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Court Upholds Subpoena Of Records From LaRouche Organization

February 25, 1987

RICHMOND, Va. (AP) _ An organization headed by political extremist Lyndon H. LaRouche must submit documents subpoenaed by the Federal Election Commission, a federal appeals court ruled today.

The decision by the 4th U.S. Circuit Court of Appeals upheld a decision by U.S. District Judge Albert V. Bryan Jr. of Alexandria.

The FEC subpoenaed books, records and other data in its investigation of Caucus Distributors Inc. Among the records sought by the FEC, the appeals court said, were lists of potential magazine subscribers or contributors to the LaRouche organization.

Caucus contended that the subpoena is overbroad and that it violated the First Amendment rights of magazine publishers for which the organization solicits subscriptions.

″We think that the material sought was relevant to the investigation which had begun,″ the appeals court said. ″Nor do we perceive any First Amendment violation because Caucus’ unsubstantiated fears of a chilling effect on their right to association are overcome by the compelling government interest in proper enforcement of the federal election law.″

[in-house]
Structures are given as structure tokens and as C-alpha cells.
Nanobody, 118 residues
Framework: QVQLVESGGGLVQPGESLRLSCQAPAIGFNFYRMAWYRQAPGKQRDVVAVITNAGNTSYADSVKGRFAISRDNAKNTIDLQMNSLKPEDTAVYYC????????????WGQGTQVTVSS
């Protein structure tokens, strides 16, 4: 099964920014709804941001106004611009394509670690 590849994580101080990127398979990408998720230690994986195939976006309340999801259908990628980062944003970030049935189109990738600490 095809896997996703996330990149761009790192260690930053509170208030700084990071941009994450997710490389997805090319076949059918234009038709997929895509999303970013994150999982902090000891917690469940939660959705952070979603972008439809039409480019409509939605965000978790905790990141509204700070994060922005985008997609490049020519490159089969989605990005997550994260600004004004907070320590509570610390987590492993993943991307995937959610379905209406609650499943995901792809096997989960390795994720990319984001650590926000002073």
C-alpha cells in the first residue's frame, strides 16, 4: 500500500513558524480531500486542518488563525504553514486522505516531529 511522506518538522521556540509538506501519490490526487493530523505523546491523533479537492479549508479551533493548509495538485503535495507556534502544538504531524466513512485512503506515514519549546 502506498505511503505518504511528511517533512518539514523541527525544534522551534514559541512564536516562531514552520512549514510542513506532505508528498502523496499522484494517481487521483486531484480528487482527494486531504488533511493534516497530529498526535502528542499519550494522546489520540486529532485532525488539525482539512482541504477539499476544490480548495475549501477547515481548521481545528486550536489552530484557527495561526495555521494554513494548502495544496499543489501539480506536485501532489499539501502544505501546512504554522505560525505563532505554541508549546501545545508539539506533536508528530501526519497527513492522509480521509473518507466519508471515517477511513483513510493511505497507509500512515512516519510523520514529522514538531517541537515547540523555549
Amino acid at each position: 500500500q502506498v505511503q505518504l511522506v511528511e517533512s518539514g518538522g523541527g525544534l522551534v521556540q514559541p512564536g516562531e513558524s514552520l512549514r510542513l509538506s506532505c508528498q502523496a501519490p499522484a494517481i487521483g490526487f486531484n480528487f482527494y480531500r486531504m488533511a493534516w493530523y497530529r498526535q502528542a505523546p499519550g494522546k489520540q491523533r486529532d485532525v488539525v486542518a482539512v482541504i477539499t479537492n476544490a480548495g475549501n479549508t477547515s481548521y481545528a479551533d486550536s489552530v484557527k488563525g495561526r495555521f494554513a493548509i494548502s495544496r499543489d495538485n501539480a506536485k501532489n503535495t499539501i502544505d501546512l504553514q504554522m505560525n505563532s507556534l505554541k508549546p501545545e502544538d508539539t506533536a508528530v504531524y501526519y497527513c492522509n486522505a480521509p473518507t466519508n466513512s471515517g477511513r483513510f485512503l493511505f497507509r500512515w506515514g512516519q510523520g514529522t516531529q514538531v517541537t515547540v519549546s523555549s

The court also found no merit in Caucus’ argument that because the subpoena was issued in New York, enforcement in Virginia should be barred.

LaRouche is a frequent candidate for president. Magazines sold by Caucus often reflect his viewpoints, which include theories of world conspiracies.

The case stems from a complaint filed in July 1983, by now-Sen. Barbara Mikulski, D-Md., against Citizens for Freeman, the principal 1982 campaign committee of Debra Freeman, who was a candidate opposing Mikulski’s re- election to the U.S. House.

Mikulski contended that representatives of two LaRouche-related magazines solicited contributions for Citizens for Freeman in what amounted to an illegal in-kind contribution, said Karen Finucan, FEC spokeswoman. Mikulski’s complaint alleged that money given to join or subscribe to the magazines ″was diverted to the Freeman campaign and falsely reported as contributions to the individuals solicited.″

She said Caucus Distributors handled solicitations and subscriptions for the magazines under a contract.

Bryan ordered Caucus to comply with the FEC’s subpoena in May 1986, and in June the company gave the FEC some information but did not comply fully with the subpoena, she said. The District Court found Caucus in civil contempt and imposed a $250 per day fine until it complied.

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